Among experts internationally, there had been much debate and many doubts about Iraq being an imminent WMD threat. But there was little debate among the handpicked weapons "experts" who dominated U.S. television coverage in the build up to war -- and most of what they told us has turned out to be wrong. A media furor erupted over fictionalization in news accounts by New York Times reporter Jayson Blair, but not about the more momentous reporting -- illusory and scarily overstated -- by Times star Judith Miller on WMDs, both before and after the Iraq invasion.

News outlets ideologically allied with Bush have been happy to assist in confusing the public about who had attacked us on 9/11 and in morphing our enemy from Al-Qaeda to Iraq. The Fox News Channel runs its "War on Terror" banner whether discussing Afghanistan or Iraq. Other outlets promoted the Saddam/911 confusion less out of ideology than ineptitude -- during a live, pre-war news conference at which the chief of Homeland Security described new terrorist threats from Al-Qaeda, MSNBC ran its banner: "Showdown with Saddam."

While most of us who pay attention know who was and who wasn't behind 9/11, others get their news on the fly -- basically headlines and banners. But even Americans who say they're paying attention, at least to TV, are highly misinformed. A massive University of Maryland study found that most who get their news from commercial TV held at least one of three fundamental "misperceptions": that Iraq had been directly linked to 9/11, that WMDs had been found in Iraq or that world opinion supported the U.S. invasion of Iraq.

Not unexpectedly, Fox News viewers were the most misled. But strong majorities of CBS, ABC, NBC and CNN viewers were also confused on at least one of these points. Among those informed on all three questions, only 23 percent supported Bush's war.

Ultimately, the Iraq war was a "Rush Limbaugh/Fox News War" -- based on the premise that in our current media environment if you tell a lie forcefully and frequently enough, the lie will triumph. Limbaugh rose to be the top commentator in our country while conducting a reign of error virtually unnoticed by mainstream media. Fox News, with its "fair and balanced" mantra, became the top cable news channel while mainstream TV writers solemnly debated whether the channel was biased or not.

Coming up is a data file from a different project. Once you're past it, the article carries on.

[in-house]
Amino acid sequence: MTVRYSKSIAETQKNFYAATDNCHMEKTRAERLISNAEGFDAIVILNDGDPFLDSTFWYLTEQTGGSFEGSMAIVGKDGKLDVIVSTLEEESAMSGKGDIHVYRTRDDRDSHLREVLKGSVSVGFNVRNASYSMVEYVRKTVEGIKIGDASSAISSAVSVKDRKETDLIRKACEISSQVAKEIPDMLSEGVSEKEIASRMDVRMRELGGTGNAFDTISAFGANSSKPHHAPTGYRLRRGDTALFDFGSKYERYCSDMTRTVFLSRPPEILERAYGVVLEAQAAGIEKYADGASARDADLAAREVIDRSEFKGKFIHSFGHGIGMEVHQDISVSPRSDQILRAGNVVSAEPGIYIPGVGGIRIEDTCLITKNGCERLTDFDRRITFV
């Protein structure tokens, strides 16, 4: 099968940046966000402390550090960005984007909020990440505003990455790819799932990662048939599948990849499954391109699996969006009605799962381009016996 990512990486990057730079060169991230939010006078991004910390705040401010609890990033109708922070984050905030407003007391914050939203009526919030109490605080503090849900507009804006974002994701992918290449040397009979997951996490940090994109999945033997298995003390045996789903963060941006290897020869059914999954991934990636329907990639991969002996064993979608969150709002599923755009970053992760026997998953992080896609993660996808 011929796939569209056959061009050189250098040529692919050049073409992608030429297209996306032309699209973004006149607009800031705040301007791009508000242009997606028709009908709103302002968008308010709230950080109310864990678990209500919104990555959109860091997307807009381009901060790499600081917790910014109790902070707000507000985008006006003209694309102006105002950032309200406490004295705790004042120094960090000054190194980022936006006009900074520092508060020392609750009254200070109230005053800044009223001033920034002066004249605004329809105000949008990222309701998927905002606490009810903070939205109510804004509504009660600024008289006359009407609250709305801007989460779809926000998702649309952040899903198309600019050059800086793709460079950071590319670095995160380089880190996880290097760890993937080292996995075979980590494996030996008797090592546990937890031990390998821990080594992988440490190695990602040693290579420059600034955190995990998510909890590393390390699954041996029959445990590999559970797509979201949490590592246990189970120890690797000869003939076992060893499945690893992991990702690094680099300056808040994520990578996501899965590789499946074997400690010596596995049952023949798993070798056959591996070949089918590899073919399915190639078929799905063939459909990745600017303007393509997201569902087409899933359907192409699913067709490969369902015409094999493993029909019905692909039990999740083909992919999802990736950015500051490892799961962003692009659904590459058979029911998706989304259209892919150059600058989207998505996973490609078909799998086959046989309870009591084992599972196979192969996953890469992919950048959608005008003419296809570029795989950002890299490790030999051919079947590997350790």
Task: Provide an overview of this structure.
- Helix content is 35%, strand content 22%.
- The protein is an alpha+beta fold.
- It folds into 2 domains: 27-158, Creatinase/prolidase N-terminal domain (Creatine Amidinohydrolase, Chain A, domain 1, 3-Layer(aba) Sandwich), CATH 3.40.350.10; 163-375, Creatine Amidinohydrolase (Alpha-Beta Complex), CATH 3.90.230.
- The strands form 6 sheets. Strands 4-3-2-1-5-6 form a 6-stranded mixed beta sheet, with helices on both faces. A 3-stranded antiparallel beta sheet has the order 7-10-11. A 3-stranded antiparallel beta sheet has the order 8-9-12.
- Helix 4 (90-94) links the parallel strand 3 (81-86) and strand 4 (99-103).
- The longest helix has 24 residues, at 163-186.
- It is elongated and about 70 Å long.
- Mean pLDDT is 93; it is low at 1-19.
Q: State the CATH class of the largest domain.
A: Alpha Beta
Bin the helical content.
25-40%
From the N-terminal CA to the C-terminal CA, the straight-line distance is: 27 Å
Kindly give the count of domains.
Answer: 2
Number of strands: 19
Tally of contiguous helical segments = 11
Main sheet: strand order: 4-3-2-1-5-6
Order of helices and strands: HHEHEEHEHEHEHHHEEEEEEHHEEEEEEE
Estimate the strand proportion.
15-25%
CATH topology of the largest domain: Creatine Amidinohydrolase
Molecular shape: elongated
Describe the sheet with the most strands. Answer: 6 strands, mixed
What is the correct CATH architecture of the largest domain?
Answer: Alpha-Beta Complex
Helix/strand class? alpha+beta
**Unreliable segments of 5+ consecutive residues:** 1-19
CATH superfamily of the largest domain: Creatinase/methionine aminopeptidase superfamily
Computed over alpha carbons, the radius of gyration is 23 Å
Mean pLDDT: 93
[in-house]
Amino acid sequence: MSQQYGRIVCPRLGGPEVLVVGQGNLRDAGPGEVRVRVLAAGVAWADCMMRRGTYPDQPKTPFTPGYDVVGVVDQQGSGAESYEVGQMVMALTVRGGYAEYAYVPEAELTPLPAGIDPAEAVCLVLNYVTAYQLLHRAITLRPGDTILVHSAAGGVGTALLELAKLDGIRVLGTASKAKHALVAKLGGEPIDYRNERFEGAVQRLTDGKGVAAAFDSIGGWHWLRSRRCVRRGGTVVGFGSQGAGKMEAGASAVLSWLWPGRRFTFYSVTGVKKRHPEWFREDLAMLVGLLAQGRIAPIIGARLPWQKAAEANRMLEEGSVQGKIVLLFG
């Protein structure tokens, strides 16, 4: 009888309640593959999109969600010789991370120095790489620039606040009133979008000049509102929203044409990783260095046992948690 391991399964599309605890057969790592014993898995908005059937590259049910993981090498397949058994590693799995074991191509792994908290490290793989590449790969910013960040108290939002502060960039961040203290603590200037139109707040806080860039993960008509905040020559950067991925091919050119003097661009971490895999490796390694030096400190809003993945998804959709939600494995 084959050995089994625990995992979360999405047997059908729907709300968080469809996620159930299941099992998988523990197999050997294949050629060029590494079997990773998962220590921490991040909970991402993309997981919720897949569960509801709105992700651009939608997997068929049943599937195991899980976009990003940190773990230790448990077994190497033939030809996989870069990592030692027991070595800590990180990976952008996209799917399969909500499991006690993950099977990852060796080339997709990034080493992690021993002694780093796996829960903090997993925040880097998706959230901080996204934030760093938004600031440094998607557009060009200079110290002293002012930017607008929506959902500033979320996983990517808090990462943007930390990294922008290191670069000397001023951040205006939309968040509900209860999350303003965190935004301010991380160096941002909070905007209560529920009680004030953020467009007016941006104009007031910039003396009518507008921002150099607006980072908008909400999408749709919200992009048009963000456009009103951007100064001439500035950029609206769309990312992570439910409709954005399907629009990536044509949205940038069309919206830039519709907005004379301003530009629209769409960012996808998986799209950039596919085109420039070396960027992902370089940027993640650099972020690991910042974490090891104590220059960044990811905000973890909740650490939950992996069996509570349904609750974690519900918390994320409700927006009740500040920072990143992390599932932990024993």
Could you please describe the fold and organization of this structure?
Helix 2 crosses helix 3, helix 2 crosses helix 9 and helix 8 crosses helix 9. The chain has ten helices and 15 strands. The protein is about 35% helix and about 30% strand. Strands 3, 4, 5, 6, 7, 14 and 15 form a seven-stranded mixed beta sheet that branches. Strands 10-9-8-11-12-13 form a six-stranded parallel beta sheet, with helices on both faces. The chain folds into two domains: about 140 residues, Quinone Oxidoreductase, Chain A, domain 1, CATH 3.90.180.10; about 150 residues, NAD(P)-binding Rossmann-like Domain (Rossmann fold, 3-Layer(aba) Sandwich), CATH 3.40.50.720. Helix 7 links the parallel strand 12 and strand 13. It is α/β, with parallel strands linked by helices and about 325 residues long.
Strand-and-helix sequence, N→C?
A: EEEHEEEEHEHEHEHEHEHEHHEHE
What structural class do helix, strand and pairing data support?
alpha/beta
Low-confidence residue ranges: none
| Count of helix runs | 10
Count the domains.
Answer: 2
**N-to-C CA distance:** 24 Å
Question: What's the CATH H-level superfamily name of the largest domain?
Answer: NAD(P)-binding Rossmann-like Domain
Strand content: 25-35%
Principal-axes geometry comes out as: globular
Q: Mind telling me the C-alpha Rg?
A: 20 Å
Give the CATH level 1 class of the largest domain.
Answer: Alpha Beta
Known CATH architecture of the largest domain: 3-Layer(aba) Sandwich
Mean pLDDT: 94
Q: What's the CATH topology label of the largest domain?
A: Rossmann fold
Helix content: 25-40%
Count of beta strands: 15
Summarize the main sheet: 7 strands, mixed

The ideologues in the Bush White House apparently learned from watching the rise of Limbaugh and Fox News: When you invert or concoct reality, do so passionately and repetitively, and accuse anyone who challenges your reality of liberal bias...or treason.


The deficit fetishists, many of whom are the same people, obviously learned the same thing. But since the time Cohen wrote that, I think we've developed another reason why the press runs with this sort of thing. It's the Very Serious People syndrome, in which the media are reluctant to challenge the "experts" who insist that we believe them or believe our lying eyes. I don't know if it's because they are afraid of losing access or if they are just lazy and choose to rely on these people for their analysis rather than challenge the prevailing CW. Either way, it's happening again and the consequences are just as dire. And it's journalistic malpractice.